obtain licenses, which might not be available on commercially reasonable terms, if at all;

 

   

abandon an infringing drug candidate;

 

   

redesign our products or processes to avoid infringement;

 

   

stop using the subject matter claimed in the patents held by others;

 

   

pay damages; or

 

   

defend litigation or administrative proceedings, which might be costly whether we win or lose, and which could result in a substantial diversion of valuable management resources.

We might not successfully manage our growth.

We are a small, development stage company. Assuming FDA approval of Northera as well as approval of our other product candidates, our success will depend upon the expansion of our operations and the effective management of our growth, which will place a significant strain on our management and on our administrative, operational and financial resources. As of March 2, 2012, we had 49 full-time, permanent employees. We anticipate that we will need to identify, attract, train and retain other highly skilled personnel as we continue to develop our product candidates and commercialize Northera in the United States. In particular, we are currently in the process of recruiting approximately 85 sales representatives to address the market opportunity in the United States should our NDA for Northera be approved. Hiring for such personnel is competitive, and there can be no assurance that we will be able to retain our key employees or attract, assimilate or retain the qualified personnel necessary for the development of our business. If we are unable to manage our growth effectively, our business would be harmed.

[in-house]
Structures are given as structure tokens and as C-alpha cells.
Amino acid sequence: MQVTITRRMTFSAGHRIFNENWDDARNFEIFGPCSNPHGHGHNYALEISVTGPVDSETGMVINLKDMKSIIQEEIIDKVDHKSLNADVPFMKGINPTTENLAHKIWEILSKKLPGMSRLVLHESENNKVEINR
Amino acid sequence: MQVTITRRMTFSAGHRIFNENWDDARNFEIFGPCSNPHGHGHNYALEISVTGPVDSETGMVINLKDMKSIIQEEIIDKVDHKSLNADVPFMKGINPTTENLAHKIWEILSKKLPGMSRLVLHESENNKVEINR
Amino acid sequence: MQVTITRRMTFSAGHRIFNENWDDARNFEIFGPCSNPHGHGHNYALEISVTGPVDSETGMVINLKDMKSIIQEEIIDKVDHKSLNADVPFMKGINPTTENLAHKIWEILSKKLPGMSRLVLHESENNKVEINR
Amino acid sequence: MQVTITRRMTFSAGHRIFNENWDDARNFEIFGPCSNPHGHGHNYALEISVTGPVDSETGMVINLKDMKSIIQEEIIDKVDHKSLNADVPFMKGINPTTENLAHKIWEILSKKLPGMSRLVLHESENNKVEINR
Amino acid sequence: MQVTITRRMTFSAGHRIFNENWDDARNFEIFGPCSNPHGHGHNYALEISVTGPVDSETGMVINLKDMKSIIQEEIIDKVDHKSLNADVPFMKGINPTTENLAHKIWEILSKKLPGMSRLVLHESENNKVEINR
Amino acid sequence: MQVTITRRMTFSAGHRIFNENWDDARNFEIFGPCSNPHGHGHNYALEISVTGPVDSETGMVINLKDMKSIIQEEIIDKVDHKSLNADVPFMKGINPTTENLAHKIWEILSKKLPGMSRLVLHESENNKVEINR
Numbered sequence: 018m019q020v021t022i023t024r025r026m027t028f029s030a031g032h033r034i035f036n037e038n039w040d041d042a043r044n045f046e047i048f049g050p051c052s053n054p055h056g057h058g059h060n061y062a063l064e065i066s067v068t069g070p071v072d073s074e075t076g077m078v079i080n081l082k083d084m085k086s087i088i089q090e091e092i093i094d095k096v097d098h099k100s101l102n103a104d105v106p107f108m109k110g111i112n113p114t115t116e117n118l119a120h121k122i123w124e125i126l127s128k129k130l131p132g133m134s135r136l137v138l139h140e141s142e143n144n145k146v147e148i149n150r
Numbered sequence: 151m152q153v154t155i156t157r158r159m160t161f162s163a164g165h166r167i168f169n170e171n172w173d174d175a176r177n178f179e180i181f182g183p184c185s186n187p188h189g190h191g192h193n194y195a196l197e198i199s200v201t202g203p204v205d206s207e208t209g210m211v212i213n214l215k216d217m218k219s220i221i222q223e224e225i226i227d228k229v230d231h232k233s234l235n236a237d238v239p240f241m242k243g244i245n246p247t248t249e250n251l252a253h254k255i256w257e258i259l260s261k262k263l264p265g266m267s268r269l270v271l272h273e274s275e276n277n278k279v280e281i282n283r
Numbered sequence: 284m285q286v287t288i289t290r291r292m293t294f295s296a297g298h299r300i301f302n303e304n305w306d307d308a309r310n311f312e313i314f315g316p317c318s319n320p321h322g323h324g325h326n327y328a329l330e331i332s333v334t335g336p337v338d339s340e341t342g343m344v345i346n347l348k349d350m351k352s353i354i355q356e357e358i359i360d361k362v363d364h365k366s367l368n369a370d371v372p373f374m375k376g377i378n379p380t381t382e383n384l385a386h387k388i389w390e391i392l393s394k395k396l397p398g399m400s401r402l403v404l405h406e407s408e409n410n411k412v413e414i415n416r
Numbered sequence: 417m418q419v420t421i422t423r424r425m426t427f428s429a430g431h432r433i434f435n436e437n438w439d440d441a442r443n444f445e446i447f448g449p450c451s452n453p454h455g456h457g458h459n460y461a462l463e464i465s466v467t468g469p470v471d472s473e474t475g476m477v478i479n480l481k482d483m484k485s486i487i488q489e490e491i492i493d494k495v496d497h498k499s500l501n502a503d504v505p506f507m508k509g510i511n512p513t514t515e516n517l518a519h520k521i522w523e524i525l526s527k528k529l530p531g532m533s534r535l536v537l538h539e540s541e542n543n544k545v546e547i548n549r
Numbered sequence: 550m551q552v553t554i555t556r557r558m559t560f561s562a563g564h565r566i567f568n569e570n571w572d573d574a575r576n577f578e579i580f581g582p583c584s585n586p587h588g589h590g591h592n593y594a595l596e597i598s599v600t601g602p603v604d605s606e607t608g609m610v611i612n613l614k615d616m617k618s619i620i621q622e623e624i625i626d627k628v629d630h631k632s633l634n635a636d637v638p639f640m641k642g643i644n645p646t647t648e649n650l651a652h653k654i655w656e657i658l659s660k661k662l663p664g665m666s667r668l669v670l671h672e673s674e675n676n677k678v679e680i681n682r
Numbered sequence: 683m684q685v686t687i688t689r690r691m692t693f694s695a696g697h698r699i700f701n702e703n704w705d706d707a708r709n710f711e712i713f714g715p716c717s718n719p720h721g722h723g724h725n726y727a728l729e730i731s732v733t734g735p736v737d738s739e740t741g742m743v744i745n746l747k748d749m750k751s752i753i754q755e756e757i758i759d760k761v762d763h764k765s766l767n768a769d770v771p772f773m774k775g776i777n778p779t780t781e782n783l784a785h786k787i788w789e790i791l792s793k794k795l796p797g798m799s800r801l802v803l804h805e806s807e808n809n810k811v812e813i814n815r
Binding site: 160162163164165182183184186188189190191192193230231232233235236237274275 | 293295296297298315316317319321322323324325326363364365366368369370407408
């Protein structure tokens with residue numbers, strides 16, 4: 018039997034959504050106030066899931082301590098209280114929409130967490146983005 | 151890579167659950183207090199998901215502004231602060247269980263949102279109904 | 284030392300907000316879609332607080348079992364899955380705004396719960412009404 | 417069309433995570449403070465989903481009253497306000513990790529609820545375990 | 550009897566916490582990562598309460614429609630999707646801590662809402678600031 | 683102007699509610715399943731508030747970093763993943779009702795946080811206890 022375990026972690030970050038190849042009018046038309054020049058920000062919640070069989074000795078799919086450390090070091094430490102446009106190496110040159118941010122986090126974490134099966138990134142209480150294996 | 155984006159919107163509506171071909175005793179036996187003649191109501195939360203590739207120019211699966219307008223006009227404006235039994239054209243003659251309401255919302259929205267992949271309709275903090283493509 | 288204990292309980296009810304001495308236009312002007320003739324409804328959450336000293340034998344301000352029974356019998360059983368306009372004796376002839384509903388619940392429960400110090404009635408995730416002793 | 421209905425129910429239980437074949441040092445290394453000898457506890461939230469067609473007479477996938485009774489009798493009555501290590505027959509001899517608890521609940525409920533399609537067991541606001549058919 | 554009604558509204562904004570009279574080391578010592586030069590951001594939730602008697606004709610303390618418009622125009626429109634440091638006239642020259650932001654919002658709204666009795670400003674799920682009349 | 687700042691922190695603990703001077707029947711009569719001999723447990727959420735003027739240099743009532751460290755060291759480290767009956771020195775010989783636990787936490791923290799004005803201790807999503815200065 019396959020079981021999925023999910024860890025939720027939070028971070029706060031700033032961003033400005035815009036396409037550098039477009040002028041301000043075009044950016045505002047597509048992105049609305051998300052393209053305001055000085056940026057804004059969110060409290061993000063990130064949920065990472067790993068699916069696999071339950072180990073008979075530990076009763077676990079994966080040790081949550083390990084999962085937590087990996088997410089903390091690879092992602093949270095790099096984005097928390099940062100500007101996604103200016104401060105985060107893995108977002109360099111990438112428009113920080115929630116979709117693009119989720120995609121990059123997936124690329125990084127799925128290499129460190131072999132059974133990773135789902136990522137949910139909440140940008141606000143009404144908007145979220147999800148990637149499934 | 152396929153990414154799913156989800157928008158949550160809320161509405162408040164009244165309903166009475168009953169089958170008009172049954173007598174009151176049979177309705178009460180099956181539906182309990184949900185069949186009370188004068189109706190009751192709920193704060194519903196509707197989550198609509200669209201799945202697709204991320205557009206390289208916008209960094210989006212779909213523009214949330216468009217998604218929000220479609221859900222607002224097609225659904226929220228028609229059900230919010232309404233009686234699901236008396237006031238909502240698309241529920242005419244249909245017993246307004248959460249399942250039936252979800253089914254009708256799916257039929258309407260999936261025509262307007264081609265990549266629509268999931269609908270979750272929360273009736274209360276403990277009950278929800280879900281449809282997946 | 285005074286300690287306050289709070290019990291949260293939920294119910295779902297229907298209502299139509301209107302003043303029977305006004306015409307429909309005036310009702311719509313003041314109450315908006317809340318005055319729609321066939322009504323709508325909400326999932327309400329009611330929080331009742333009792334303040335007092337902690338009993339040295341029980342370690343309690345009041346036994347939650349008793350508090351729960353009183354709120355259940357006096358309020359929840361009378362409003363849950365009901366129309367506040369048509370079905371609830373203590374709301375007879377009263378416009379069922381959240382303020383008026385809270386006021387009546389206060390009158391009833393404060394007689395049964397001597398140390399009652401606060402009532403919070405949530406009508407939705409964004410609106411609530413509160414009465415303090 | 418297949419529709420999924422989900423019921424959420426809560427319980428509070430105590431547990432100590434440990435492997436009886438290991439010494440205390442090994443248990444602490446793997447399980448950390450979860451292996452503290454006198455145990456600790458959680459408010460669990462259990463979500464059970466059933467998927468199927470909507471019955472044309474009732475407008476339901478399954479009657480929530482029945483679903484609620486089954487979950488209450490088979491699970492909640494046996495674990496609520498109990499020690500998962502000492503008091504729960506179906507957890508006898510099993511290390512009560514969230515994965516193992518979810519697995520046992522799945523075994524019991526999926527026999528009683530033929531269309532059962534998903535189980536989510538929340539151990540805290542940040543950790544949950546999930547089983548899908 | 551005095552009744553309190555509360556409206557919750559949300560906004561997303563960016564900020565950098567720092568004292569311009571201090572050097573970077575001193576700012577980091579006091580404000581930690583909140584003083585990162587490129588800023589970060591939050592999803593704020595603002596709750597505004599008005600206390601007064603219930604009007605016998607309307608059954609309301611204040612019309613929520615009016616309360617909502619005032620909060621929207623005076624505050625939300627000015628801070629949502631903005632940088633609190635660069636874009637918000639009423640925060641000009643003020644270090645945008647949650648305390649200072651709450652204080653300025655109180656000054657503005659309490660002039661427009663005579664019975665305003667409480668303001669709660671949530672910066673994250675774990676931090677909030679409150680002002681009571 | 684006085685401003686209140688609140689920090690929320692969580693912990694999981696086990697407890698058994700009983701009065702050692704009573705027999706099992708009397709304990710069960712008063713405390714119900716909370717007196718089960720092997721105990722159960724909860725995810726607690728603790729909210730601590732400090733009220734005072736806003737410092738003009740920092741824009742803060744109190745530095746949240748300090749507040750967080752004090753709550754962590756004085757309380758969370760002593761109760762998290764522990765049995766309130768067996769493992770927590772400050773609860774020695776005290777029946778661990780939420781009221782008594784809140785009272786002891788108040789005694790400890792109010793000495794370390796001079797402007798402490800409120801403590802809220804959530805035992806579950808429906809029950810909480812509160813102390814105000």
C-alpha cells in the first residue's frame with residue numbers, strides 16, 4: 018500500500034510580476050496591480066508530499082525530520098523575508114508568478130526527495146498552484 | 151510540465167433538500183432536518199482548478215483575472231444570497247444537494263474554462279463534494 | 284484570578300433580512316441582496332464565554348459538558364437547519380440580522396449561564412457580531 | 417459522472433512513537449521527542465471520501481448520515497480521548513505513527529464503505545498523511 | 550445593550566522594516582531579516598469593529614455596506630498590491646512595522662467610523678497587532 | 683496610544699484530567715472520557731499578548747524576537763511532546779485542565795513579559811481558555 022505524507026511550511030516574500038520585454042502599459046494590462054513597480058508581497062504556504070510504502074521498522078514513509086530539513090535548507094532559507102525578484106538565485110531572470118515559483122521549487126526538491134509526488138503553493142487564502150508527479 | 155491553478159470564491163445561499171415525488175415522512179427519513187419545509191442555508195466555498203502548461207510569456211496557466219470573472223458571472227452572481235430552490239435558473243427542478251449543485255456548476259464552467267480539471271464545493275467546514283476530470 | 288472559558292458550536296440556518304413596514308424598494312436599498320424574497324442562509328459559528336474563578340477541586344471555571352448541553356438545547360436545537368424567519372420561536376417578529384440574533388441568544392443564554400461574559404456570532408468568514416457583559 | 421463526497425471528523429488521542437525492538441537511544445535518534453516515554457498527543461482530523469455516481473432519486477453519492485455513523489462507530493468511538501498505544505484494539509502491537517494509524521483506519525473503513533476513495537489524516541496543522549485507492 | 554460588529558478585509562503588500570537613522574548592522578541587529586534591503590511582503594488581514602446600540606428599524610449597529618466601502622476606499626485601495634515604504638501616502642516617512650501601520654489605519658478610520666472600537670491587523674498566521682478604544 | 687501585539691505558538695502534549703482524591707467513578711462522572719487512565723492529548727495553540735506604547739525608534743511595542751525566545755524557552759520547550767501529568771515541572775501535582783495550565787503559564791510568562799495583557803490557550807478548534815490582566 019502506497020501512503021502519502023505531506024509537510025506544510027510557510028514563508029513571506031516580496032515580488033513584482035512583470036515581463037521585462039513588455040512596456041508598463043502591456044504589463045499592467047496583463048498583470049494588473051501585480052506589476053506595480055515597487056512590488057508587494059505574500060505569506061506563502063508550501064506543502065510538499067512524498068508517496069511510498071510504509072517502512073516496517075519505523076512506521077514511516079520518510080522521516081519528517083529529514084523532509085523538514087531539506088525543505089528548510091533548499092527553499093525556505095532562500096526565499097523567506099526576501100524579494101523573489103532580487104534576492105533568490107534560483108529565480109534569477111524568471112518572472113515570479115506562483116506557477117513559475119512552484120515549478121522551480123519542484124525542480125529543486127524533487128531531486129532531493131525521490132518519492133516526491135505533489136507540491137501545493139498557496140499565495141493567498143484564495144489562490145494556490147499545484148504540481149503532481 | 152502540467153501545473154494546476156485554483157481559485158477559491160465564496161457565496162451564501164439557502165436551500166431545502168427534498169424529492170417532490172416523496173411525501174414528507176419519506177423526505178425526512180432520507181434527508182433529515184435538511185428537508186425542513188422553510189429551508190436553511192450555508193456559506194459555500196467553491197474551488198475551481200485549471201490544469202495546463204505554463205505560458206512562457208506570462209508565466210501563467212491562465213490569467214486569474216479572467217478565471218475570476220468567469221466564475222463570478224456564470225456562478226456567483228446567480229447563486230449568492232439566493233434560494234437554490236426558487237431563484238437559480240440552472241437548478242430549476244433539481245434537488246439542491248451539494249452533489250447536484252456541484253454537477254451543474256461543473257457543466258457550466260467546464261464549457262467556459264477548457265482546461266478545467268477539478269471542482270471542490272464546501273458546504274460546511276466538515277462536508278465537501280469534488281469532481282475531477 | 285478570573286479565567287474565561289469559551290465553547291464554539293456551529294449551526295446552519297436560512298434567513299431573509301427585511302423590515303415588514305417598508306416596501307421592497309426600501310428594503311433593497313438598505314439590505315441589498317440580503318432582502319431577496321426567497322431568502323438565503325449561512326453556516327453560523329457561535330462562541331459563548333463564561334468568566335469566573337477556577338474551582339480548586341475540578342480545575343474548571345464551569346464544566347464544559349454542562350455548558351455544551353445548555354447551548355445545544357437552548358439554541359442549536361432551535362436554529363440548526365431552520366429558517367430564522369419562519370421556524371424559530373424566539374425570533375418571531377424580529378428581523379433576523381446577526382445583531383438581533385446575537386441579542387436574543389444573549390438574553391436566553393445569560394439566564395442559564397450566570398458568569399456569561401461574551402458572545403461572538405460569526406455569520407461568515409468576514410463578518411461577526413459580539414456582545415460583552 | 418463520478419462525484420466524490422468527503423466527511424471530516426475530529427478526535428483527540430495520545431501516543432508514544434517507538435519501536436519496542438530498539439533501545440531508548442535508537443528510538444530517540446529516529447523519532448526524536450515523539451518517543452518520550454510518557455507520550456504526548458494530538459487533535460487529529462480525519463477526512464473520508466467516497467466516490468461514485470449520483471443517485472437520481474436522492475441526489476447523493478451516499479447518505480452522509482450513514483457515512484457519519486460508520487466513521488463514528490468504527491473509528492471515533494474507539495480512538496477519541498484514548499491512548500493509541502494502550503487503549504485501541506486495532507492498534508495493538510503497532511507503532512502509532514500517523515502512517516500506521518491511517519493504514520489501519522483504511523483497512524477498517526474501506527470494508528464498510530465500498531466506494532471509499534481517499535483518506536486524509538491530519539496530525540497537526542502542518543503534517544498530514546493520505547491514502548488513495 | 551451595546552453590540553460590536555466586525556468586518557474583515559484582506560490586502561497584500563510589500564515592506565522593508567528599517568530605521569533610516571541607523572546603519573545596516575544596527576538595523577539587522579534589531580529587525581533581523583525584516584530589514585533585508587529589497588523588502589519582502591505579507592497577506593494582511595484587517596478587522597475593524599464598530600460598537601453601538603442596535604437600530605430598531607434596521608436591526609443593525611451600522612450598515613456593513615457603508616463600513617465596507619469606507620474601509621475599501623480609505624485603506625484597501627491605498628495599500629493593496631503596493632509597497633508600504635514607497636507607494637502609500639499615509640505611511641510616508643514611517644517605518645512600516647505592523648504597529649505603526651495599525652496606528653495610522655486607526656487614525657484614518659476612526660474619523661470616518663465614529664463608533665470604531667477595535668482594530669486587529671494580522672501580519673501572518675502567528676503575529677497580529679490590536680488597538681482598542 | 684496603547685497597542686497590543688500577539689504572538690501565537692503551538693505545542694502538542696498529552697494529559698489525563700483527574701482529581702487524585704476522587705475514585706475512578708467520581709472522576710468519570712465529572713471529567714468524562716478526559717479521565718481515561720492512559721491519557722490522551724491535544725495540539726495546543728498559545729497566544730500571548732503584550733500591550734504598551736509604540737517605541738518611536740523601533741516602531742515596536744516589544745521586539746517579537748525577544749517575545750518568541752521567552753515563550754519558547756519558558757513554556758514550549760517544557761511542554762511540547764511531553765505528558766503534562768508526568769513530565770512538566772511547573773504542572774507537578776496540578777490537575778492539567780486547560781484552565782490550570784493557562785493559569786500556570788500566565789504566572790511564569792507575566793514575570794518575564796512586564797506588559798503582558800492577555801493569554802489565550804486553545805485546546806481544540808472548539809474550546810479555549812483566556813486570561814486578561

We might be exposed to liability claims associated with the use of hazardous materials and chemicals.